What's with this salt/Vitamin C Lyme disease cure?
XY wrote: What I've been finding is the use of large amounts of salt and Vitamin C will cure lyme [sic] disease. Is this true? Here is a report that I bought for $30.00. (30 page e-report attached)
AB wrote:…would appreciate it if you could go into this salt cure…tired of hearing I must try something or I can’t comment on it… Thanks.
The short answer is taking large amounts of salt and Vitamin C will not cure Lyme disease. Doing so can even be harmful. And yes, there are sites, testimonials and books that promote and enable this so-called ‘cure’ or protocol.
No, you don’t have to try something to discuss or heartily debate it or to try to get legitimate answers. The common ploy of “don’t knock it if you haven’t tried it” is a tiresome hustle to discourage critique and common sense.
The ball is ALWAYS in the court of anyone who is trying to make you do something, sell you something. Someone may have the effrontery, but never any authority, to silence you especially about your health care. Sites that discourage intelligent discussion, delete posts, use ploys to control and convince, employ long pseudoscience posts, or don’t address adverse health consequences are the domains of very questionable health advice.
Visit the original site http://www.lymephotos.com/ where all the salt/ Vitamin C hoopla started. Sadly, it has always looked like a very sick Internet joke to me—an encouragement, even—to delusional thinking. Beyond the strange precept that Lyme patients are full of worms and parasites—backed by odd photos—one concept after another is not only beyond reason but smacks of a perverted sense of humor, such as:
Cows somehow avoid getting Lyme disease because of their love for salt.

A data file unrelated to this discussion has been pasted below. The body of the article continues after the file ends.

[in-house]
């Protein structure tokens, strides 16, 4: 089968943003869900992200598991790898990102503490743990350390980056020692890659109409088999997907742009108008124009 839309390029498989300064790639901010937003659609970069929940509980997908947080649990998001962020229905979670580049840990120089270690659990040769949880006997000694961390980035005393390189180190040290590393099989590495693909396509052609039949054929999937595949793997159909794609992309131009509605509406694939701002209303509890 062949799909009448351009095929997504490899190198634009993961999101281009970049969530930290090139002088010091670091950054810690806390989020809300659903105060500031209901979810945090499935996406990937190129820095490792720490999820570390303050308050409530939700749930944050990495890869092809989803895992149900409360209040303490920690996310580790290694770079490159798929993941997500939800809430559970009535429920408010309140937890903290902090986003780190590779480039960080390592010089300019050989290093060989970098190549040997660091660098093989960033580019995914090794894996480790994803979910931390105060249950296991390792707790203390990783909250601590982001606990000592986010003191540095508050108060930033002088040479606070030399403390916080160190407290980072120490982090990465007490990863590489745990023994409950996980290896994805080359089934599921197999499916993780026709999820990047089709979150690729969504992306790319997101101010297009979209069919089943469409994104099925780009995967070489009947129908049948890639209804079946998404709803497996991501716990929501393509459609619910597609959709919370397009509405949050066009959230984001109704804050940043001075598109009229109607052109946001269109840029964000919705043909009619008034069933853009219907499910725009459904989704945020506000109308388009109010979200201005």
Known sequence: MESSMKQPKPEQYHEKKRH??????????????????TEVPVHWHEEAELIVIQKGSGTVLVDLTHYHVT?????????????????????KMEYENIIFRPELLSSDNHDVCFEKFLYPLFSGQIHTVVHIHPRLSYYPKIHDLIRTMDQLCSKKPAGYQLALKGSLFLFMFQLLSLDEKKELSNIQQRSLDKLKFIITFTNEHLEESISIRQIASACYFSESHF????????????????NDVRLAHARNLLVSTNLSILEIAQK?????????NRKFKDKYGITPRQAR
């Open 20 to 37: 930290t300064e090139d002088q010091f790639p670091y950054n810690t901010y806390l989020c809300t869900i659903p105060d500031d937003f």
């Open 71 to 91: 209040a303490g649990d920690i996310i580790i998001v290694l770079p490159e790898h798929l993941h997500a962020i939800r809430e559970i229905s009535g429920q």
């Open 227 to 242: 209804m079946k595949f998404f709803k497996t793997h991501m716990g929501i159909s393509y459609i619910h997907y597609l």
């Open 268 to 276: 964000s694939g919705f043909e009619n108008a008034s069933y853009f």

Slugs are killed when salt is put on them; this same idea can be applied to killing internal parasites and worms in the human body.
The treated person will feel—but not see—parasites or worms coming out of his body.
The anonymous author describes worms coming out of his ears and head.
There is more of course, but beyond the physiological implausibility of the claims and the fantastical musings, the author irresponsibly encourages a potentially harmful treatment to children, the elderly and those of unknown medical status.
One may argue you can do anything you want to your own body. Fine. But submitting children, the elderly and other dependents with no real say in the matter to something like this is unconscionable. In fact, feeding salt to children to the point of illness has occurred in cases of Munchausen syndrome by proxy.
The e-pamphlet (30 pages) sent to me didn’t bother with the worm concept—perhaps it was too difficult to justify or it was simply too much even for the author. However, he does mention how salt “ruptures” Borrelia, using “science-speak”. The explanation falls under the “if you can’t convince ‘em, confuse ‘em” category and could be viewed as a classic example of pseudoscience, mixing fact, fancy words, and fantasy to come to a fantastical conclusion.
Even if you do not understand basic electrolyte balance in the body—how the body regulates sodium chloride and other ionic substances—the author’s basic conjecture is easily questioned anyway: why do Lyme spirochetes ‘rupture’ yet no other cells in the body do the same?
Electrolyte balance which includes the body’s regulation of sodium is not simple and involves organs such as the kidneys, lungs, adrenals. An increase in sodium intake will result in the body immediately working at normalizing sodium by a number of mechanisms. No pockets of sodium are going to exist where Borrelia hide anyway to cause any “ruptures”.
If you feel it is magical and works anyway. Fine, stick with that.
Illnesses can happen, of course, from electrolyte imbalances or electrolyte imbalances can occur in certain diseases. Acute situations, such as vomiting, diarrhea, profuse sweating and chronic problems (e.g. hormone imbalances) are simple examples of where this can occur. Drugs, including diuretics, specific antidepressants (SSRI’s), and some anticonvulsants can also cause problems.
If you suspect you have an electrolyte imbalance, see a physician who should evaluate you thoroughly and should include checking the medicines and supplements you are taking. Check the adverse reactions of your medications as a possible cause while you are at it. This kind of stuff is too complex to fool around with. Chugging salt is not the answer....